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The Doors: Live At The Isle of Wight Festival 1970

Doug Collette By

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The Doors
Live at the Isle of Wight Festival 1970
Eagle Vision

Inveterate naysayers will inevitably disparage continuing archive releases by The Doors and, to some degree, it's a point well taken: is there any band with a comparable catalog and a greater preponderance of reissues? Yet negativism ignores a crucial point in the issue of titles such as the heretofore-unreleased Live at the Isle of Wight Festival 1970: this latest title, like its predecessors may be that very one that plants the seed of curiosity (or nurtures a previous one) in a musiclover that leads to greater appreciation of this influential group.

Rumors of missing footage or doctoring of that included here (with additional crowd noise and applause) quickly become moot via the bonus inclusion in this package of the featurette "This Is The End," Not only does this close to twenty minutes lend validity and value to the combo set or its Blu-ray counterpart, it's the perfect short subject and introduction to the main content: it frames one of the Doors' final performances from multiple perspectives, the most significant of which lie in the context of the serious fallout from the Miami concert incident of 1969, from which came criminal charges against Morrison and cancellation of all the remaining dates of that tour.

That the double-disc package otherwise lacks any booklet or much other printed historical content may well be more than just reasonable restraint from overstatement as has occurred with other titles such as Feast of Friends (Eagle Vision, 2014) and R-Evolution (Eagle Vision, 2013) (the only traces of which, as usual, appears here from the voluble likes of the late keyboardist Ray Manzarek). Yet interviews with bandmembers, drummer John Densmore and guitarist Robbie Krieger, along with manager (at the time), Bill Siddons, buttresses the main content as a statement of its own. And n the notwithstanding the relative technical merits of the various formats, the compact disc allows for use its as soundtrack for the personal mind-movies of Doors fans and like-minded others (not to mention an appropriate ease of mobility and facility with headphones).

With some shadowy imagery precluding some perception of Densmore's playing, the predominant red light illuminating the concert footage lends spectral air accentuated by John Albarian. The producer/director applies nominal split-screen shots, super-impositions and dissolves to the original camera work of the team supervised by filmmaker Murray Lerner's (who also conducts those aforementioned interviews), the sequence of which follows the internal rhythm of the somewhat hushed performance.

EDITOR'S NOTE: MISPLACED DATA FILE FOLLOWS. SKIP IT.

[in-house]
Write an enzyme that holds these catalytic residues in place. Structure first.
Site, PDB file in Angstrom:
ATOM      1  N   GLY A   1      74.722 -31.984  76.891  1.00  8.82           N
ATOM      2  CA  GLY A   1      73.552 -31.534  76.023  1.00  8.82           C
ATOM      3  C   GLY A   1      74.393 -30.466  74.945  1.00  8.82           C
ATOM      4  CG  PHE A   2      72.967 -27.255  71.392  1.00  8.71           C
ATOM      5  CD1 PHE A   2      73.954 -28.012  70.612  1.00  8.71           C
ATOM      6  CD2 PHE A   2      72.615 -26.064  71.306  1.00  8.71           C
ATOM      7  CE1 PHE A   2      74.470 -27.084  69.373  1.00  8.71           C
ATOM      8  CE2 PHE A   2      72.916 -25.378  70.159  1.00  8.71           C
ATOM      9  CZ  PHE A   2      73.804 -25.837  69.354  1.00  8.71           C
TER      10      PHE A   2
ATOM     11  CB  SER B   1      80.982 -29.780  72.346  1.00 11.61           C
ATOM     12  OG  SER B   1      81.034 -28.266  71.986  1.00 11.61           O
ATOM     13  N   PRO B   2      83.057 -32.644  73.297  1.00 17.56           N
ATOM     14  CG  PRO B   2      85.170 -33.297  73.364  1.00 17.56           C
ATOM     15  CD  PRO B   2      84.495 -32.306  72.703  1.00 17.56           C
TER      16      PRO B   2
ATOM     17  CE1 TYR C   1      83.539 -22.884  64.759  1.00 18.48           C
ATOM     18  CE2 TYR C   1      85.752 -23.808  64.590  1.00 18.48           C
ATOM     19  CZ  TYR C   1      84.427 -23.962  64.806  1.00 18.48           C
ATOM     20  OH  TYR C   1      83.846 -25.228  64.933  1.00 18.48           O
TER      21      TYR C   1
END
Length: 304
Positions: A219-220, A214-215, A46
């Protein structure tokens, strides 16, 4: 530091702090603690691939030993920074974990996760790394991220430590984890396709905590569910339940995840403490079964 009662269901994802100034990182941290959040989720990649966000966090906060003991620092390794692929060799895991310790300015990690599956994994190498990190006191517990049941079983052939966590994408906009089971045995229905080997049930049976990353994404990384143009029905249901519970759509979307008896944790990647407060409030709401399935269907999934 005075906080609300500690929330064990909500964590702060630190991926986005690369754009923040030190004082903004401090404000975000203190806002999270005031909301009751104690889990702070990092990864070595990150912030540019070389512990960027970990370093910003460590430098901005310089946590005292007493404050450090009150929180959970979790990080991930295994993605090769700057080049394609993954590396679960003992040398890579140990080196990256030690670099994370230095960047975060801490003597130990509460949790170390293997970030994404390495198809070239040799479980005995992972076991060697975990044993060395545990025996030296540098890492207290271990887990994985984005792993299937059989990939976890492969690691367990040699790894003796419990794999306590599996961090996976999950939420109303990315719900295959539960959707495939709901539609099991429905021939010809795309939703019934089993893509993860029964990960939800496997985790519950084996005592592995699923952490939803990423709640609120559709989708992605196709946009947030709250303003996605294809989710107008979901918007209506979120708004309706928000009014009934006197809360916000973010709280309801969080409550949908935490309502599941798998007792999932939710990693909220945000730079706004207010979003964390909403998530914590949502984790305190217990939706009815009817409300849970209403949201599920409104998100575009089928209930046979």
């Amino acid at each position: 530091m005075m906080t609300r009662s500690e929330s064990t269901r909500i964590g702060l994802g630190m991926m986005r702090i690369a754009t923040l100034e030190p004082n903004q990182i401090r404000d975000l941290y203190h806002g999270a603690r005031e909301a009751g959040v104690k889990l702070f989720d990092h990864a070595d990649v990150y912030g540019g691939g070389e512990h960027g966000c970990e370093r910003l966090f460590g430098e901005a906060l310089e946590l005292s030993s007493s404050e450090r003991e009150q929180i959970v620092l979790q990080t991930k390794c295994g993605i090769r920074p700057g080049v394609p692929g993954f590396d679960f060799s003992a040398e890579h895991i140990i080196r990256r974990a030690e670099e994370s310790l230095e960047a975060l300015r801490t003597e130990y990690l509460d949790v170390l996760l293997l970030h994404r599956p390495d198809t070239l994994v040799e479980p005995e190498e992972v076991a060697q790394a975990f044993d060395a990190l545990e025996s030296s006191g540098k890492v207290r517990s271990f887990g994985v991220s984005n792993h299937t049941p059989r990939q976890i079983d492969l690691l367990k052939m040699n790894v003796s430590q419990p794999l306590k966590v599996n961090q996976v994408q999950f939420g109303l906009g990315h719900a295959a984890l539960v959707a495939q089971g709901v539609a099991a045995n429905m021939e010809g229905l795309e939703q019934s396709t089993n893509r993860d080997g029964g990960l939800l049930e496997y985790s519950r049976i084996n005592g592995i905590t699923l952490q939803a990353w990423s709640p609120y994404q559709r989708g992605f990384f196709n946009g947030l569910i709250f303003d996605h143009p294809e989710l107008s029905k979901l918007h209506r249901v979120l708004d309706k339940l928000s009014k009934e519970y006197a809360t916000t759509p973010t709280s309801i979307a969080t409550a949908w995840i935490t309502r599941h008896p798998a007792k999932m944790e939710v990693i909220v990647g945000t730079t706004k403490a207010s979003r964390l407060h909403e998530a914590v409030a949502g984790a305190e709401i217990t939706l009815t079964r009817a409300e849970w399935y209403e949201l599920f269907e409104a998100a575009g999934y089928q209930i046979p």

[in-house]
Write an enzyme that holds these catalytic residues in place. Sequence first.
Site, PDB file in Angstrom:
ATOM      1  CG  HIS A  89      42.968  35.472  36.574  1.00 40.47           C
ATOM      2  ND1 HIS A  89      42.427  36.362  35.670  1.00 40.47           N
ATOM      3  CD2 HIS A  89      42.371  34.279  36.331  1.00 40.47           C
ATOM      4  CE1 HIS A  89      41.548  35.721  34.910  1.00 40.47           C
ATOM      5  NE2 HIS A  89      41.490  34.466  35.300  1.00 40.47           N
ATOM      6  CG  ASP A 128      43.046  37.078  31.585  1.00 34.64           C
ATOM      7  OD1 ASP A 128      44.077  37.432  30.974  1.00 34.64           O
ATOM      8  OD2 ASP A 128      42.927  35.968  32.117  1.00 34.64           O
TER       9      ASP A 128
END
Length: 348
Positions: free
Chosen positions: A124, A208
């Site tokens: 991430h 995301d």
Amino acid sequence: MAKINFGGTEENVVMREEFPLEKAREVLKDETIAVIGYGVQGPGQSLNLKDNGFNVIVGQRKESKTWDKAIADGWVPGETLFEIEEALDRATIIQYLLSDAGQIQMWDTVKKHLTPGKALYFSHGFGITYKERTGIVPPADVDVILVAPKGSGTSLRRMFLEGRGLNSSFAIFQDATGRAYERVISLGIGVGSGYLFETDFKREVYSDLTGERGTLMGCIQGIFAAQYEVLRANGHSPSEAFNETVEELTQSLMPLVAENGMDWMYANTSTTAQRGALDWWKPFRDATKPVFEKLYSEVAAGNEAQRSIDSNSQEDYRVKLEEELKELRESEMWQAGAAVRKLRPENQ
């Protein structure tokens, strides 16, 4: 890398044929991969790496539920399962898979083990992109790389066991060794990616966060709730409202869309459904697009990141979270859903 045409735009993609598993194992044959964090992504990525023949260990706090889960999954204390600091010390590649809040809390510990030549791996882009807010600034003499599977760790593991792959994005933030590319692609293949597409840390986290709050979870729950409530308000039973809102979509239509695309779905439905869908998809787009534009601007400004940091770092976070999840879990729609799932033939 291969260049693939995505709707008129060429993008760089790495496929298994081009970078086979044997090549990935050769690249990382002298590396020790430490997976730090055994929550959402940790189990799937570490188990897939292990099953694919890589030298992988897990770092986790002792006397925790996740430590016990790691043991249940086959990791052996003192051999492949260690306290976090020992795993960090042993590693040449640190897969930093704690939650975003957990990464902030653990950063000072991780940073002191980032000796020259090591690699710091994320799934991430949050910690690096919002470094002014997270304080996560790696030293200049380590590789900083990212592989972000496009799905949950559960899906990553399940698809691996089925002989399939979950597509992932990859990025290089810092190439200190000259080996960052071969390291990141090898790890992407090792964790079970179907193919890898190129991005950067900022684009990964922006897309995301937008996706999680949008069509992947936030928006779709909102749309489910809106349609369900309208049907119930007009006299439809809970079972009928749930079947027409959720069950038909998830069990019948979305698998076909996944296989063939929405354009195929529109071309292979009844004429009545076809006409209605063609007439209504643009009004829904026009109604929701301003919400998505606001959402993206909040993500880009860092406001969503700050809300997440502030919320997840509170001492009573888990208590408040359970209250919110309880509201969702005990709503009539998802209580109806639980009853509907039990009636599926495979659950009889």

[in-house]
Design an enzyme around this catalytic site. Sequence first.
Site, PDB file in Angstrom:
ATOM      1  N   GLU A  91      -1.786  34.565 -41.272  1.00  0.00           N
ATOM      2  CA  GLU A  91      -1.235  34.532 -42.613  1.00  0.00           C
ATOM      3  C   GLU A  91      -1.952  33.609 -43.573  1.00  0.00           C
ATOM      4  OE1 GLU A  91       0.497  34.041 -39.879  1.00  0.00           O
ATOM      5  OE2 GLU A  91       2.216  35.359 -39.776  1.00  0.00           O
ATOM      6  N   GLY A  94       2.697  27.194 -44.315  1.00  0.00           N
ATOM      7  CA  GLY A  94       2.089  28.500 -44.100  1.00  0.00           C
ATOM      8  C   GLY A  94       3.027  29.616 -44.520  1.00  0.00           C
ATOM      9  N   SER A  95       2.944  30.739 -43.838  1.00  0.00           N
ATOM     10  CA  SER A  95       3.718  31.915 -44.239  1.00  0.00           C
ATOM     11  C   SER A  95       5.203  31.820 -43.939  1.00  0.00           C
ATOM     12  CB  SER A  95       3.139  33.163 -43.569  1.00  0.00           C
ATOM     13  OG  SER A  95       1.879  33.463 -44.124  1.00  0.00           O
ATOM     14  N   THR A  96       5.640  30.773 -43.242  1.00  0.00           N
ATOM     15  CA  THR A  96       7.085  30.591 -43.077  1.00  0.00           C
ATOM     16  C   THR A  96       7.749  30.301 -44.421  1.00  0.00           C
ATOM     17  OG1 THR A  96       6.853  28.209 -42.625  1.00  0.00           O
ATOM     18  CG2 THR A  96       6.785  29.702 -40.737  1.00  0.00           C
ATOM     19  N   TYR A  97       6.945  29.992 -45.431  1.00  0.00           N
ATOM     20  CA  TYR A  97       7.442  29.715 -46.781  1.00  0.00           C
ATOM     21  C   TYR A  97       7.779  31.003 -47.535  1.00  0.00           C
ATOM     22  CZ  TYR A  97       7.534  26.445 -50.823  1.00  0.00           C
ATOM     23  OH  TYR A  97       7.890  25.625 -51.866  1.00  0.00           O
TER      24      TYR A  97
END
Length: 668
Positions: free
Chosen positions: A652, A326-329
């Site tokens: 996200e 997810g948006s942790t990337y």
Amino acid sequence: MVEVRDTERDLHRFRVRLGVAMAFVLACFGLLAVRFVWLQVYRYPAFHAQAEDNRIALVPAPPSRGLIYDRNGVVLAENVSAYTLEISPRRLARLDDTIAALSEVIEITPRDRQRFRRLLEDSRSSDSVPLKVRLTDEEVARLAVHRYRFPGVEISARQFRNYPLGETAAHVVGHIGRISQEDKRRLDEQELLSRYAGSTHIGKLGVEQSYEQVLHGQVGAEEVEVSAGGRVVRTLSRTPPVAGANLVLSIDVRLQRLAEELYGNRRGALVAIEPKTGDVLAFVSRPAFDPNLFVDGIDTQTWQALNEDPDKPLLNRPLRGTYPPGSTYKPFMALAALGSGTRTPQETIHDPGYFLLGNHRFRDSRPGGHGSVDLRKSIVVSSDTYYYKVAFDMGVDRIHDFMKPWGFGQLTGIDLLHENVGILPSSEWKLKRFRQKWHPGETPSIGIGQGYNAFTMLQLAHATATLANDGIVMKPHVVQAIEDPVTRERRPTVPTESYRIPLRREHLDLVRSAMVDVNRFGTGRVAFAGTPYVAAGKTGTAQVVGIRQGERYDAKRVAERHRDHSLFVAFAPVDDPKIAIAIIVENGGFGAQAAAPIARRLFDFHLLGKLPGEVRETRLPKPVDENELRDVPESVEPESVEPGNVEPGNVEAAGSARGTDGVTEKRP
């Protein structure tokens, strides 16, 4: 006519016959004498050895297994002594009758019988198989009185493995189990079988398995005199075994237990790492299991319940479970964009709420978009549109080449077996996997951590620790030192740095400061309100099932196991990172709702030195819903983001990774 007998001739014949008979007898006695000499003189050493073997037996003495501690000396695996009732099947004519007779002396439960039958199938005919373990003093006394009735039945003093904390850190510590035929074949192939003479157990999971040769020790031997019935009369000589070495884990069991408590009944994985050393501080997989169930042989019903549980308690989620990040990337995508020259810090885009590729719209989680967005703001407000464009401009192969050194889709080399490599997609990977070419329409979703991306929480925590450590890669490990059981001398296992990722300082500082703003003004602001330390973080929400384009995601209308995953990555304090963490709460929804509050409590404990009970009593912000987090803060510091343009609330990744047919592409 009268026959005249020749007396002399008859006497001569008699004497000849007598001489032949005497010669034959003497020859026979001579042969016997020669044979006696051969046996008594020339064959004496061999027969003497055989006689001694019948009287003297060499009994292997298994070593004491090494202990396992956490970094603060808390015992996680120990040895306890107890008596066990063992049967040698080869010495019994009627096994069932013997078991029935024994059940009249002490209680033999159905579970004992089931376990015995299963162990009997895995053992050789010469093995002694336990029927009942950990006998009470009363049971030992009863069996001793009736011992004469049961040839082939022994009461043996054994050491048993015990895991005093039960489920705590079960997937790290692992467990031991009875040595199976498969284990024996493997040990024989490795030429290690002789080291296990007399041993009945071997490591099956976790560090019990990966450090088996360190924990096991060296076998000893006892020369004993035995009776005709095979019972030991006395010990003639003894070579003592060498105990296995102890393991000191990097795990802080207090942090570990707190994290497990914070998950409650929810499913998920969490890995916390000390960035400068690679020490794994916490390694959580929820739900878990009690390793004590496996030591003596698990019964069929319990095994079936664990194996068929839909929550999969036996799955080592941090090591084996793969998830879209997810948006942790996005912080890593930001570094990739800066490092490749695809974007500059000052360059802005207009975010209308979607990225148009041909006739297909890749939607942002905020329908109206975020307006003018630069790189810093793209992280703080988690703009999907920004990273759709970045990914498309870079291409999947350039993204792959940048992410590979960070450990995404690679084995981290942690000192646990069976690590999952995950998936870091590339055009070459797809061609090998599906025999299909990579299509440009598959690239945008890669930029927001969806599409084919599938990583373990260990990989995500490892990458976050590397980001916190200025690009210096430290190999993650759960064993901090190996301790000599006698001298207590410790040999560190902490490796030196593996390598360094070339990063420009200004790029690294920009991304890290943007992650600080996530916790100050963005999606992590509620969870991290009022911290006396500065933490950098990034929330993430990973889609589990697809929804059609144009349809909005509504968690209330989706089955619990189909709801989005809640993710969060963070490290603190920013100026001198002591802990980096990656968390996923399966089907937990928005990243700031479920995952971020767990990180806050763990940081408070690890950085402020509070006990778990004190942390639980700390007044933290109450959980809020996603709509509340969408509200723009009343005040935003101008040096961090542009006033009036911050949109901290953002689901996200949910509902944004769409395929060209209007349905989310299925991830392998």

Jim Morrison is fully-bearded and somewhat disheveled-looking, perhaps as much due to jet lag and a two-AM start time, but his restraint is representative of the Doors' overall approach here. "Back Door Man" is a more ominous beginning in place of the usual "Roadhouse Blues" (played over the film's opening), yet wholly appropriate to the circumstances as described in Siddons' pragmatic account : the singer and self-styled poet was wholly sober and stood almost stock still for the duration of the single set.

It's a approach far removed from the lighthearted air 'the Lizard King' radiated Live at the Felt Forum (Rhino, 2009) at the beginning of this same year. Or his fanciful, erratic attitude during Live At The Bowl (Eagle Vision, 2012) for that matter. Had circumstances not led Morrison to Paris after the completion of the final album by the original four-man lineup, LA Woman (Elektra, 1971), this collective restraint and concentration might well have foreshadowed the future of the Doors live. Jim channels his energy into his singing, recitation and impromptu insertions of within "The End," including a medley of "Across the Sea"/"Away in India"/"Crossroads Blues"/"Wake Up," the energetic amalgamation of which was in lieu of the famous middle-portion as originally recorded and performed.

The man's physical abandon may have been lacking in this performance, but not his imagination. Nor really the intensity of his vocals or the instrumental accompaniment of the band either; despite a stunted transitional close to "Light My Fire," the penetrating nature of the musicianship is equal to that of the singer's own piercing delivery, whether the Doors are stretching out, as on the courageous mid-set insertion of "When The Music's Over" or the relatively reined-in "Ship of Fools" (here a cutaway from the stage, perhaps necessary due to concerns about visual clarity, fosters commentary on the festival-goers as also pictured at the outset of the film).



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